Roy Vaughan of the U.S. Bureau of Reclamation spoke to Wednesday's meeting of the Lower Arkansas Valley Water Conservancy District in Rocky Ford concerning the stored water supply in Twin Lakes, Turquoise and Pueblo Reservoirs and the snowpack for the state.
Roy Vaughan of the U.S. Bureau of Reclamation spoke to Wednesday’s meeting of the Lower Arkansas Valley Water Conservancy District in Rocky Ford concerning the stored water supply in Twin Lakes, Turquoise and Pueblo Reservoirs and the snowpack for the state. The water supply is greater than normal, with Turquoise at 121 percent of normal, Twin Lakes at 98 percent of normal and Pueblo Reservoir at 135 percent of normal. The Pueblo Reservoir must be down to a certain level by April 15, making a spill possible to avoid flooding. Farmers are taking water they can use as requested to ease the situation. Reservoirs in the area are full or nearly full.
Since the rainfall has been less than usual in winter 2017-2018, the abundant water supply is good news for area farmers. The snowpack in the Arkansas River Basin is 59 percent of normal and 54 percent of last year. The normal peak date is April 11 and these figures are as of March 19. All the water in the flood pool must be out by May 1, so that an upriver rainstorm will not cause flooding on the lower river. Therefore, the reservoir will start spilling excess water on April 15. A spill benefits whatever entity has the call on the river; for example, it could be the Rocky Ford Highline, or Holbrook or Fort Lyon by priority dates (original priority date).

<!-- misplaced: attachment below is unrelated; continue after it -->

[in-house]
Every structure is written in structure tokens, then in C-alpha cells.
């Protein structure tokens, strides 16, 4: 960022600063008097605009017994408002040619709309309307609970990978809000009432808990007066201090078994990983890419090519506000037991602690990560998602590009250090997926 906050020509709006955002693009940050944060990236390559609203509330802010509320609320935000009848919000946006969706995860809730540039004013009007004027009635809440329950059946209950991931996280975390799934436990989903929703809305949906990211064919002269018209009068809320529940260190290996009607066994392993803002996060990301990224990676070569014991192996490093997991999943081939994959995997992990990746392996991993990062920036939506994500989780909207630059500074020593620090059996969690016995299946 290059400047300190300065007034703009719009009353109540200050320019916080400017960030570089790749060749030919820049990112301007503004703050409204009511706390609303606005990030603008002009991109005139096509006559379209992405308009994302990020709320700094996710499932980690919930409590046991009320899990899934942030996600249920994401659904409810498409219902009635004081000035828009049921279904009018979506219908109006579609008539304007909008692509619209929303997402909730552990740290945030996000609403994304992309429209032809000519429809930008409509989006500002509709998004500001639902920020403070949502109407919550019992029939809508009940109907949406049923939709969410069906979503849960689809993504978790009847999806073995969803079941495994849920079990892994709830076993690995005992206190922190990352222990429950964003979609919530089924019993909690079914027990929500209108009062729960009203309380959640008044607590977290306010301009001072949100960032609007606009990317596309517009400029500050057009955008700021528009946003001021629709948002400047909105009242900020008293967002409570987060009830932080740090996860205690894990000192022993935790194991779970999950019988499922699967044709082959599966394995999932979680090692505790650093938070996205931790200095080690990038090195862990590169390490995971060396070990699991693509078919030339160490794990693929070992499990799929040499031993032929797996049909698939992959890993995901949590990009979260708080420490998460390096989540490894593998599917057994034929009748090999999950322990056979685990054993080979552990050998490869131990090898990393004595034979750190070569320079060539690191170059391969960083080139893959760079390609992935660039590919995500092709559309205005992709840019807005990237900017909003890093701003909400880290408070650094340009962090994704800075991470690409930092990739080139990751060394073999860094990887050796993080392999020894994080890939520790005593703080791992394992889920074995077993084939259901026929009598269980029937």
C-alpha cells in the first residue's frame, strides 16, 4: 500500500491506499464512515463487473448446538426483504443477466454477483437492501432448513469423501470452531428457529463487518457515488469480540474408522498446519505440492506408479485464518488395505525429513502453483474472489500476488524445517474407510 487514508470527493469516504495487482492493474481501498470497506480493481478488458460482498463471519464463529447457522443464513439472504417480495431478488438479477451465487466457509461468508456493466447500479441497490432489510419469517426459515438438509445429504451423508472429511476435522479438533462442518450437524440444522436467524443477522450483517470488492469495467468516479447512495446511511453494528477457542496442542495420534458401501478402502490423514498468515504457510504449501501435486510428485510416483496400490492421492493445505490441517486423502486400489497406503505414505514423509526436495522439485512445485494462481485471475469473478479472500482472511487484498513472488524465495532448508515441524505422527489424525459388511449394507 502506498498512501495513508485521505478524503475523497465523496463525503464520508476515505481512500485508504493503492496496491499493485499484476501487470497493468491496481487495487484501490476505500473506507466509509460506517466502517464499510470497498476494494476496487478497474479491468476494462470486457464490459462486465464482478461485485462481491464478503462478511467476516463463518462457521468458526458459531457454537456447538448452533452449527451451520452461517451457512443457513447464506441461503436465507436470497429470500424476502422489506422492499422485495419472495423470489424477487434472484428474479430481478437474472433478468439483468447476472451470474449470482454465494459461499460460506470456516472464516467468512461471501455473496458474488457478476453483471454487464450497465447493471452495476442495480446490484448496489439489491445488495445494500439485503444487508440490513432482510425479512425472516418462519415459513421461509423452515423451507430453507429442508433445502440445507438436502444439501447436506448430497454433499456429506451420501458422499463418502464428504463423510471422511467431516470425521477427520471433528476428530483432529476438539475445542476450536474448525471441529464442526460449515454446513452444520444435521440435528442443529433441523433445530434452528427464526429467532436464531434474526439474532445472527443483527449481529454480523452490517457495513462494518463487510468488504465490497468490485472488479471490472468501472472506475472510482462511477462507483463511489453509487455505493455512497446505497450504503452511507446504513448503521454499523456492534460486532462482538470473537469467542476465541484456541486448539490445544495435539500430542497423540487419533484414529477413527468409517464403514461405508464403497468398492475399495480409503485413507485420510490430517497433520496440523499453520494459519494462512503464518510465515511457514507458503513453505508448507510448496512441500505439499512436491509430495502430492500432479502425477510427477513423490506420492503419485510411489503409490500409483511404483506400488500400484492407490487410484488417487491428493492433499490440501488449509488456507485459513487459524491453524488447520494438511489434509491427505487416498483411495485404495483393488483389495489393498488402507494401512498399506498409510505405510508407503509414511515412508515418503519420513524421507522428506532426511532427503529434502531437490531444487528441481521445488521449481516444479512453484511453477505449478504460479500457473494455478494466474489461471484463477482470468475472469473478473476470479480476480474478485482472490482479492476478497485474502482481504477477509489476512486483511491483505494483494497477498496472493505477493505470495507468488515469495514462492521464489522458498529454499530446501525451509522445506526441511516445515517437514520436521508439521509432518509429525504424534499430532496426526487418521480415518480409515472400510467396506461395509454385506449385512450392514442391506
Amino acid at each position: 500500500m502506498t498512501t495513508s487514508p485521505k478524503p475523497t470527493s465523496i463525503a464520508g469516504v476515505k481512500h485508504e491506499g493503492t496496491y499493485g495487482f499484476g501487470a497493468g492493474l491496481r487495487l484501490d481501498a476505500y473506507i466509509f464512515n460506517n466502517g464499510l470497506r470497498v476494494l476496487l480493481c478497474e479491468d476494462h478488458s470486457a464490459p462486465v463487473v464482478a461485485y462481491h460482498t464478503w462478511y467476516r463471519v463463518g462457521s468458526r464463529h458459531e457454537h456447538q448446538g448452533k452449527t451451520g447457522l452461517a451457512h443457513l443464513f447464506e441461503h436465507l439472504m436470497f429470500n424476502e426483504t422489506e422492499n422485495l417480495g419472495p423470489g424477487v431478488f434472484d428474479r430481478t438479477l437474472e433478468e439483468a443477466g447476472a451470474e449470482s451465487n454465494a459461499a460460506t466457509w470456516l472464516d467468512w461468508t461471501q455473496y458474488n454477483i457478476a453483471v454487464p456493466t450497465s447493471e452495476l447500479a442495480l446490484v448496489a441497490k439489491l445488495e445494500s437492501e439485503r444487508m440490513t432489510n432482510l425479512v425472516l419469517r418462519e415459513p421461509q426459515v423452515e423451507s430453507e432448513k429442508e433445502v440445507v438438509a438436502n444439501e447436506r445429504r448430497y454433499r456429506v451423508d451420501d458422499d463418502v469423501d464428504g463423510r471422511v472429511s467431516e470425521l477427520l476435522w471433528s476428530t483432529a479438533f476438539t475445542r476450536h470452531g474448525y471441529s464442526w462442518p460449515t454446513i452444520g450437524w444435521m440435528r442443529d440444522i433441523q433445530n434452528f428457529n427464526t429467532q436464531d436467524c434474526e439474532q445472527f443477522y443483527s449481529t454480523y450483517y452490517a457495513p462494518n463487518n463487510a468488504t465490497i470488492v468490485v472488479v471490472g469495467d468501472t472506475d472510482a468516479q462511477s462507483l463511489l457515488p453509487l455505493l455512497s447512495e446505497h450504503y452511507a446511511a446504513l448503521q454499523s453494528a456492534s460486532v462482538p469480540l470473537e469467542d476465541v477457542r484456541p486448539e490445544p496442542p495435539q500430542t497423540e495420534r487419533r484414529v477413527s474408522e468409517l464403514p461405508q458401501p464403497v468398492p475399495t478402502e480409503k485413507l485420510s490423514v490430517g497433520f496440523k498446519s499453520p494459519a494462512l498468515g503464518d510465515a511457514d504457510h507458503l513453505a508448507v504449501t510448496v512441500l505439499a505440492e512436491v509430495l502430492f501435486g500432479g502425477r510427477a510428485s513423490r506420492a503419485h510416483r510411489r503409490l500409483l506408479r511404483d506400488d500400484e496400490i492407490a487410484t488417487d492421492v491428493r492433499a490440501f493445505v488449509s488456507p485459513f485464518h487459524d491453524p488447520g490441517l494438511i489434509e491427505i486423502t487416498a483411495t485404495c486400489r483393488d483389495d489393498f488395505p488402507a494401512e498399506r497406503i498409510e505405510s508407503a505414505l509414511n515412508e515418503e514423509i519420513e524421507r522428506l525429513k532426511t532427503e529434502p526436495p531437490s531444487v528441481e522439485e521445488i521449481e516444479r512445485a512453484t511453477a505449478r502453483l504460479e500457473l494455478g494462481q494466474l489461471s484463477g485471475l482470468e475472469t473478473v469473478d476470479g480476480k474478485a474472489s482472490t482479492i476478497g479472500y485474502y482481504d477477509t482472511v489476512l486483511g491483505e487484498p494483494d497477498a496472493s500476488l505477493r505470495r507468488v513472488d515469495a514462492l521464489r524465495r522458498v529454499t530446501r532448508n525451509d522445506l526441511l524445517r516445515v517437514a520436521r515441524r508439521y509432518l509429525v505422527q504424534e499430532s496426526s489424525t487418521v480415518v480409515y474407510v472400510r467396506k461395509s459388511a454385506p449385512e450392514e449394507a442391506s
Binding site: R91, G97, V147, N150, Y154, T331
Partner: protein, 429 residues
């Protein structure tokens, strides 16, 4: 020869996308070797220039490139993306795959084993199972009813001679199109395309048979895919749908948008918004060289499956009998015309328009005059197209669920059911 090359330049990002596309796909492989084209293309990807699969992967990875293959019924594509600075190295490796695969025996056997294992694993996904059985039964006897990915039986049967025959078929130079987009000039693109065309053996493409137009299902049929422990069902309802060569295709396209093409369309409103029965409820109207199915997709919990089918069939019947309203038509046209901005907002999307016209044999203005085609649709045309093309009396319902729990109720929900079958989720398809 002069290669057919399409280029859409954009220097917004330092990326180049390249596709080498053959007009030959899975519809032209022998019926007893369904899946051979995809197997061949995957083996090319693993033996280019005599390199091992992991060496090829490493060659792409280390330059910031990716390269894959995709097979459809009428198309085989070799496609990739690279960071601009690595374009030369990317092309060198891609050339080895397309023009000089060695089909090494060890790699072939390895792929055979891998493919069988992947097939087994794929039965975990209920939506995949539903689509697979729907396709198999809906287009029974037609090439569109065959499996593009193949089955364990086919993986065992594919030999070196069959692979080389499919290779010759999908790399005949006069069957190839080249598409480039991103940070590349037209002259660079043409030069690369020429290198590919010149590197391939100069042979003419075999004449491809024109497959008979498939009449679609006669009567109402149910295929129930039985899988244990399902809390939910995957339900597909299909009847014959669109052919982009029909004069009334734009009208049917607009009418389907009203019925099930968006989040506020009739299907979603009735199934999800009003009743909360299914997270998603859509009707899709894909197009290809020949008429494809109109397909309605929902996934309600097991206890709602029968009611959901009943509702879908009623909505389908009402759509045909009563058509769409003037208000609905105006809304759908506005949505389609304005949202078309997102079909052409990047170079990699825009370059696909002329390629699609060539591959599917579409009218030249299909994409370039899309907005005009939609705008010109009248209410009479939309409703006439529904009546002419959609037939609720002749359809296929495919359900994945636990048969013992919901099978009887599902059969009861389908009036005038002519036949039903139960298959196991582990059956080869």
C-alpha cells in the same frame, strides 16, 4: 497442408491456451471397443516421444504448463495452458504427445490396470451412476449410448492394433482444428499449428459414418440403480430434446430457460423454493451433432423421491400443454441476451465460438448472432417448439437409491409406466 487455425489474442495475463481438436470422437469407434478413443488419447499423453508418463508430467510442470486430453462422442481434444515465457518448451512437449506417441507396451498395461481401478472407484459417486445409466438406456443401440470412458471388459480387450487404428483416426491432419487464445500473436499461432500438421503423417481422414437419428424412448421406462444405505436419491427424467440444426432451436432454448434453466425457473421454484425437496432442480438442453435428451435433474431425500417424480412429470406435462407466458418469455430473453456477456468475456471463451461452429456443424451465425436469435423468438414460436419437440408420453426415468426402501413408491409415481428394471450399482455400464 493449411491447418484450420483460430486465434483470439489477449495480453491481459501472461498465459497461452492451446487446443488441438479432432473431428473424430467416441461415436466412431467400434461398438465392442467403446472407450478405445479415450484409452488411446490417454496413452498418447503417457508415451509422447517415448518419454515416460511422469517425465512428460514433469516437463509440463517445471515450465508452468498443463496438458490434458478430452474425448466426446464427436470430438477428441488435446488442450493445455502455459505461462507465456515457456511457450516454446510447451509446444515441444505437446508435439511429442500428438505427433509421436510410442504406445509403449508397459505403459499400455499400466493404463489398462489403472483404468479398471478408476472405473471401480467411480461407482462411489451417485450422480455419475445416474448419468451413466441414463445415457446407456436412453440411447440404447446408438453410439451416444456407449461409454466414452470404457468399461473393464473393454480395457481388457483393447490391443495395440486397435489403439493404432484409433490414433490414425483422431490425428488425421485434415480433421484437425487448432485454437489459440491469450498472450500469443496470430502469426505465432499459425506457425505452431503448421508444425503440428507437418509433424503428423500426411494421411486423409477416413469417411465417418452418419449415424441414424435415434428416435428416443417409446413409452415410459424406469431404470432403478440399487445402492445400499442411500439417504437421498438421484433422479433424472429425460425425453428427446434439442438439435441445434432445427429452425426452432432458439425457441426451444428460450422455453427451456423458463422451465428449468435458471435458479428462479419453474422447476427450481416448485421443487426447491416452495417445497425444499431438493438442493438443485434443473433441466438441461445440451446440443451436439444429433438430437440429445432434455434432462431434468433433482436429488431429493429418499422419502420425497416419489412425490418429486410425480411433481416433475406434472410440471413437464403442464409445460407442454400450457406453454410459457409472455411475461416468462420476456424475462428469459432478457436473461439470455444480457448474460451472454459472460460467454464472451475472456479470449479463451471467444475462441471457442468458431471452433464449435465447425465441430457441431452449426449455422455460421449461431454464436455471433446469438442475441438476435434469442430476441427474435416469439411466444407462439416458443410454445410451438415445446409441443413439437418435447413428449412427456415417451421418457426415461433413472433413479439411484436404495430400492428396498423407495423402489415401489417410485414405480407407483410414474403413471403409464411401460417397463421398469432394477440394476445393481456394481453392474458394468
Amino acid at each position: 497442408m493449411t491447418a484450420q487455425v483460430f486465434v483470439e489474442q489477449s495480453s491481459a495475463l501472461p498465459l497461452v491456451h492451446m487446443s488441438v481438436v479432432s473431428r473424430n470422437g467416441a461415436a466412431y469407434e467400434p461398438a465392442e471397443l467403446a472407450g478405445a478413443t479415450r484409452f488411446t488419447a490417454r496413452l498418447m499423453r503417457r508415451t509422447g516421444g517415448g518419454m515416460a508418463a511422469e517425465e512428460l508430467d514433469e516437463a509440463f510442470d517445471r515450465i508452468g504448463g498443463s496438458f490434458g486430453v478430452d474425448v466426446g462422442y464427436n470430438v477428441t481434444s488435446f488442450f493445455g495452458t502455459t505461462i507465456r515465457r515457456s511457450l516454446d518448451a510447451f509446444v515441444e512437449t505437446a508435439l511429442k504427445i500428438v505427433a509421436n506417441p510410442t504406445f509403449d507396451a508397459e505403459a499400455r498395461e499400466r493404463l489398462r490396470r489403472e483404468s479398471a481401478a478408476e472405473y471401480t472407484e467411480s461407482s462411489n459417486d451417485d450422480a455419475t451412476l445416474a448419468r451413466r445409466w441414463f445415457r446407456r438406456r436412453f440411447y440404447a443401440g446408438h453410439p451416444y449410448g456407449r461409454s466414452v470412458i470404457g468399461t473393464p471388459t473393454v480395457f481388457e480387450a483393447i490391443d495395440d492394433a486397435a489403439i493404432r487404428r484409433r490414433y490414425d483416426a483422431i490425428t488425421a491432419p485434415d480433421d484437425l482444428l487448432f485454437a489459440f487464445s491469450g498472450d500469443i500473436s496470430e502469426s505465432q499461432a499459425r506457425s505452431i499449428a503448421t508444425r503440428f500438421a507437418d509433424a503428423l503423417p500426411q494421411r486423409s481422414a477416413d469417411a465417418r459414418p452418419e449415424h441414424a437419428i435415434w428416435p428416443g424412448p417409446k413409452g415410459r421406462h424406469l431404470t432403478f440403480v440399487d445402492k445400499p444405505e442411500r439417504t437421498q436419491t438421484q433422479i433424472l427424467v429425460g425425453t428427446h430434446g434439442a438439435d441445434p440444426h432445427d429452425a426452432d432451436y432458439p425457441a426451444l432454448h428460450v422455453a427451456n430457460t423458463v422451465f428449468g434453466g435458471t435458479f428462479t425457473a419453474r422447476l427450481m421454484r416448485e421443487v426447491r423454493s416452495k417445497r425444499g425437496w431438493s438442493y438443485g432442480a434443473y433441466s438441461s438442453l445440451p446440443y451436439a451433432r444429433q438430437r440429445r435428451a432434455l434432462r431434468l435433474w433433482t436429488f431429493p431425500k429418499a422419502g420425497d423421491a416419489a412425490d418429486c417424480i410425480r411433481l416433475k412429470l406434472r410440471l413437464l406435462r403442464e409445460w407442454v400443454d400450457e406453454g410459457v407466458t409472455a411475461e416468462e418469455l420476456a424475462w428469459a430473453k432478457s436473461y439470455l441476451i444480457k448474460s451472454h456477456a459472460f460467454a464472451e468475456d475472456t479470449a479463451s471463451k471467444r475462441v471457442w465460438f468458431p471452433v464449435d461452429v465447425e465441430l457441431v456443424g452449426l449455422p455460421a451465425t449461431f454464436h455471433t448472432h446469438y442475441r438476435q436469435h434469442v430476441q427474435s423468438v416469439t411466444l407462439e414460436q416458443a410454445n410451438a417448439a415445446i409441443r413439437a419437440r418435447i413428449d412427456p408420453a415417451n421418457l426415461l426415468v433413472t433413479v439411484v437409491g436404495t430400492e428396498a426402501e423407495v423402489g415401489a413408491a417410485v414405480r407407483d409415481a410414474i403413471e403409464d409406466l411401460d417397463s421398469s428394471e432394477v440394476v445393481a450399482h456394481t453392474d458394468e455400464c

The hydroelectric plant being constructed at Pueblo Reservoir is progressing as planned. The Lease of Power Privilege has been finalized with the South East Colorado Water Conservancy District. Reclamation has approved the design, specifications, and submittals for phase 1 and 2 and is currently reviewing the final phase. Construction on the plant began in September 2017. The anticipated start-up for the first turbine is early June 2018.
The hydro produced will be purchased by Fountain and Colorado Springs, said Chris Woodka of the SECWCD on Thursday. "The reason is that Black Hills declined to incorporate the power into its portfolio." SECWCD has a carriage agreement with Black Hills when the plant starts producing. Woodka continued, "The annual average for production is around 28 million kWh per year, which is basically enough for 4,500 homes." Revenue from the plant will benefit the Southeastern District, but a 30-year contract with Fountain and a 10-year contract with Springs accounts for all power generated.
Vaughan introduced the new civil engineer assigned to this region, Shane Hayden.